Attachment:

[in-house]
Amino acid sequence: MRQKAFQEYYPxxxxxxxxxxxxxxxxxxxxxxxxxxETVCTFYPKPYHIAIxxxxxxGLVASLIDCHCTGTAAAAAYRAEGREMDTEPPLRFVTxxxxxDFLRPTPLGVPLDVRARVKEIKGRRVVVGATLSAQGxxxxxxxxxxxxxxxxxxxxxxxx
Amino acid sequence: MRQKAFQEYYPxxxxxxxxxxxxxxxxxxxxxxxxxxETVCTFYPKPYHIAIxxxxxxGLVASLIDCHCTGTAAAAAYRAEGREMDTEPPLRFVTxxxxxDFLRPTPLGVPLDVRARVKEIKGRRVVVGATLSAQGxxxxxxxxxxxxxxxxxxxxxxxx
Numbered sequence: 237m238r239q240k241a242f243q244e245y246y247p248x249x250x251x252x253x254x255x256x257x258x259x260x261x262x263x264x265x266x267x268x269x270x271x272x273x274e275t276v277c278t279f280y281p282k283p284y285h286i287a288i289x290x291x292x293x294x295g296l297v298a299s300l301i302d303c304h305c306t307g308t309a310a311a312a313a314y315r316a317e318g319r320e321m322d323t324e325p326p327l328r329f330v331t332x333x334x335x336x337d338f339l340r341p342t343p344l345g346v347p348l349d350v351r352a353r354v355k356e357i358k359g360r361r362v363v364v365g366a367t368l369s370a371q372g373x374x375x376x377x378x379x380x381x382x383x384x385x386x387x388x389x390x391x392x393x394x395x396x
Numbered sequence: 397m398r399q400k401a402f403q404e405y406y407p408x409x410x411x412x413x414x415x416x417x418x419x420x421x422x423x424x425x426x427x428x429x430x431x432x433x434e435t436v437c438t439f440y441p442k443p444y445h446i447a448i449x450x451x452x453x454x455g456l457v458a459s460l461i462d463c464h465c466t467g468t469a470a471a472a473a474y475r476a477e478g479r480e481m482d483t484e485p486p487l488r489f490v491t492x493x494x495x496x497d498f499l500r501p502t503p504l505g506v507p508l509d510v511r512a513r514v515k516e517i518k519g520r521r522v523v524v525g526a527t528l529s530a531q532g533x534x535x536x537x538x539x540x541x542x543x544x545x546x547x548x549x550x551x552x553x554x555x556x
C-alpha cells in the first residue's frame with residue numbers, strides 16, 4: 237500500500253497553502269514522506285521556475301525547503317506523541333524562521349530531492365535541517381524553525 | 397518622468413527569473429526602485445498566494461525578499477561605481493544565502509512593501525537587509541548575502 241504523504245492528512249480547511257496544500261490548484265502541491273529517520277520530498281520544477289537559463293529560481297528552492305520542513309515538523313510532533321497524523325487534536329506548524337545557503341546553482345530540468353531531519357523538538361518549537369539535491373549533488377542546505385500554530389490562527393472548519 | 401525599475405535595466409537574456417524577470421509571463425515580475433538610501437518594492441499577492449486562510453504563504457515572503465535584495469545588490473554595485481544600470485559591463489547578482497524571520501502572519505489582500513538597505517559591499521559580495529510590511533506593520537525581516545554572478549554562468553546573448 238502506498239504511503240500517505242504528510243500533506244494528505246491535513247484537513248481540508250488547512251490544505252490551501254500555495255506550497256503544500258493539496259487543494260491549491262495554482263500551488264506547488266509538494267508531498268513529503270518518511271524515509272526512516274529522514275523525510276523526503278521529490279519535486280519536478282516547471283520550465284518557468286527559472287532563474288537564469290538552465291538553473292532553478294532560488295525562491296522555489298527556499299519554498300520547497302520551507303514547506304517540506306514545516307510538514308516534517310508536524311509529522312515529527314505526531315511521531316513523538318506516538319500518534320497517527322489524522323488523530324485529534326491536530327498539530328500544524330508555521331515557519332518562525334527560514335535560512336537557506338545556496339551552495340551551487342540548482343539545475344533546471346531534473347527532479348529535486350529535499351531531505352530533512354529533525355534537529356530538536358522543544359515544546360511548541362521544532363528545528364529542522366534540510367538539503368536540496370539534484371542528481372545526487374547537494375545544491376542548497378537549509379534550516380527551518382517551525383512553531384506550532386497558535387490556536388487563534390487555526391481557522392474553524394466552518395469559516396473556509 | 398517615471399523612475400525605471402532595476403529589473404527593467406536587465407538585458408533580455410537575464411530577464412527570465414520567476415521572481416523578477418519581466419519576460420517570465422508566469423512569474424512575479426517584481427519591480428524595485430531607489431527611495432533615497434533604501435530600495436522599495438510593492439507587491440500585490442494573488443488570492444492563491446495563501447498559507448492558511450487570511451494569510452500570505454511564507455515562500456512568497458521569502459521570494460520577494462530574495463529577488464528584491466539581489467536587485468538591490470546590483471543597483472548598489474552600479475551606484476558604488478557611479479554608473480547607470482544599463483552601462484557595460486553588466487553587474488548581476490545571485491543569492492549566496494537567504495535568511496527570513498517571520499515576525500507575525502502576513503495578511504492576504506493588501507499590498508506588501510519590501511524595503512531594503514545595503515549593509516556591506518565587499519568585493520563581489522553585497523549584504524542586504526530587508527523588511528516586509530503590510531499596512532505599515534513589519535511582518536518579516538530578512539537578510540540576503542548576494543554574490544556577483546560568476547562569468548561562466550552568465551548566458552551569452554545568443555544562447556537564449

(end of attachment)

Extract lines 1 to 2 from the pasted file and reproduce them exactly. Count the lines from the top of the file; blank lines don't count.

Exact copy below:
[in-house]
Amino acid sequence: MRQKAFQEYYPxxxxxxxxxxxxxxxxxxxxxxxxxxETVCTFYPKPYHIAIxxxxxxGLVASLIDCHCTGTAAAAAYRAEGREMDTEPPLRFVTxxxxxDFLRPTPLGVPLDVRARVKEIKGRRVVVGATLSAQGxxxxxxxxxxxxxxxxxxxxxxxx